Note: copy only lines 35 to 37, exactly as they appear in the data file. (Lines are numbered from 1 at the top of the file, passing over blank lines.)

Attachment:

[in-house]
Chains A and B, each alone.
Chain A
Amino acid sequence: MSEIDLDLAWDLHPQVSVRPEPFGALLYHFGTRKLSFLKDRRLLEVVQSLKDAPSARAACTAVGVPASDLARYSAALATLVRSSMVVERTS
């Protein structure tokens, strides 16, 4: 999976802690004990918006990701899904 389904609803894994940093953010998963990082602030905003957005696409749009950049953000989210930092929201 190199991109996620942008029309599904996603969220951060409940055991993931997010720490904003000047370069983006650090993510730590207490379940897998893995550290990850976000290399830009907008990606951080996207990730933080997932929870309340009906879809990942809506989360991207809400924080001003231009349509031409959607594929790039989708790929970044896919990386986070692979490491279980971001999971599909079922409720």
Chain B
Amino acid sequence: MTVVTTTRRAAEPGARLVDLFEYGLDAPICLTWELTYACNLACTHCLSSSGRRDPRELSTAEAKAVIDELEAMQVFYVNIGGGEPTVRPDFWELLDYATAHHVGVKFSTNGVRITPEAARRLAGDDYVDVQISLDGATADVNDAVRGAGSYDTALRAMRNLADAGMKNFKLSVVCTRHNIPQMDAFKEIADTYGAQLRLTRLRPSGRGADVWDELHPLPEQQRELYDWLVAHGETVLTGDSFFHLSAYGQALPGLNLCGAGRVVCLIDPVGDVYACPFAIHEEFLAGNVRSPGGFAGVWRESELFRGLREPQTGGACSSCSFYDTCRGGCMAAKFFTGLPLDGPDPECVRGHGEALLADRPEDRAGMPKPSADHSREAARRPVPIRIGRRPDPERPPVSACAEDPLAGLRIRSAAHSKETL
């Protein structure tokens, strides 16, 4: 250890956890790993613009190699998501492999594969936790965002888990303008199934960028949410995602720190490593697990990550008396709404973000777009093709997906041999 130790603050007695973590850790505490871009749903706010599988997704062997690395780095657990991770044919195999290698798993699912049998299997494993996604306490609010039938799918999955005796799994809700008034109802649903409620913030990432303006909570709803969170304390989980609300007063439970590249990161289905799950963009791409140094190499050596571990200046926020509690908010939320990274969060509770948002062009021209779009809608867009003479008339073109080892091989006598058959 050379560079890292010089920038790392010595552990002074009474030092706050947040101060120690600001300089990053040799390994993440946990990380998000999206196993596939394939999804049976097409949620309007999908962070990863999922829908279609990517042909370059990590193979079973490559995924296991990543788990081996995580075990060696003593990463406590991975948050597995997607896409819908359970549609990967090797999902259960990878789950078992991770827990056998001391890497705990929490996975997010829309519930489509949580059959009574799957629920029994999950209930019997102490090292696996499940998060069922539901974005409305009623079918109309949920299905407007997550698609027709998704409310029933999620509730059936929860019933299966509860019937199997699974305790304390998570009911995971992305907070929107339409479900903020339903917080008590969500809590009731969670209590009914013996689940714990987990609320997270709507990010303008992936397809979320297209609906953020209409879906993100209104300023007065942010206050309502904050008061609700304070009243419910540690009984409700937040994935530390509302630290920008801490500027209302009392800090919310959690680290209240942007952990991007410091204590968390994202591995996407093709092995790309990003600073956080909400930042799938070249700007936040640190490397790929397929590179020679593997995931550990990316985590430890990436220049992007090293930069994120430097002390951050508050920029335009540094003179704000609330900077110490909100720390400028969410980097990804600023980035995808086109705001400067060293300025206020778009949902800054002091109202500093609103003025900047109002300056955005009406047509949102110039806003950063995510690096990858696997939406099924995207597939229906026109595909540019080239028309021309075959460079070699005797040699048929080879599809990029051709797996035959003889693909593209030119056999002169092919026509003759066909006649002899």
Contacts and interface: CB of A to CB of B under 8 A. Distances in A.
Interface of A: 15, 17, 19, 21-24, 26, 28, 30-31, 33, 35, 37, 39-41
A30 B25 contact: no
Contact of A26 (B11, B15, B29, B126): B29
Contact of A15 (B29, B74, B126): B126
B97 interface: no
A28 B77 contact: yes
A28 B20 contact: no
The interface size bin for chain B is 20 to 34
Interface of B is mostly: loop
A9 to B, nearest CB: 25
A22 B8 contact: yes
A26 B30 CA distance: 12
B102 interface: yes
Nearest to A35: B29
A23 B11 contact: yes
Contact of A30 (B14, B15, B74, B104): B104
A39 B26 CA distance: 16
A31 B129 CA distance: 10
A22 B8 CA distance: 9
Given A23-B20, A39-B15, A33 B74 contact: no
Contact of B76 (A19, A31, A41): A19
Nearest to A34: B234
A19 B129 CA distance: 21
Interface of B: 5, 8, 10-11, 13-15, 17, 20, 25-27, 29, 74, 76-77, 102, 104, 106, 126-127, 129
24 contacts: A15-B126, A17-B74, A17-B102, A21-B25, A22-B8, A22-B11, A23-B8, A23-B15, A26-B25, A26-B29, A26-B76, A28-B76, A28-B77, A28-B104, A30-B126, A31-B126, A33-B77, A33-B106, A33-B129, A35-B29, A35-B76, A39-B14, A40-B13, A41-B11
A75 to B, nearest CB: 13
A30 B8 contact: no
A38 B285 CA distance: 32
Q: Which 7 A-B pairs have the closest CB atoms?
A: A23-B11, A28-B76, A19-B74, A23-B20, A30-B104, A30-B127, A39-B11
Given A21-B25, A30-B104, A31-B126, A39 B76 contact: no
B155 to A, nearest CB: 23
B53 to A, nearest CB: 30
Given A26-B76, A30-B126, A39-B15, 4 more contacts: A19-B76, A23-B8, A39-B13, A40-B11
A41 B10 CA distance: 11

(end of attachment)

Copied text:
A75 to B, nearest CB: 13
A30 B8 contact: no
A38 B285 CA distance: 32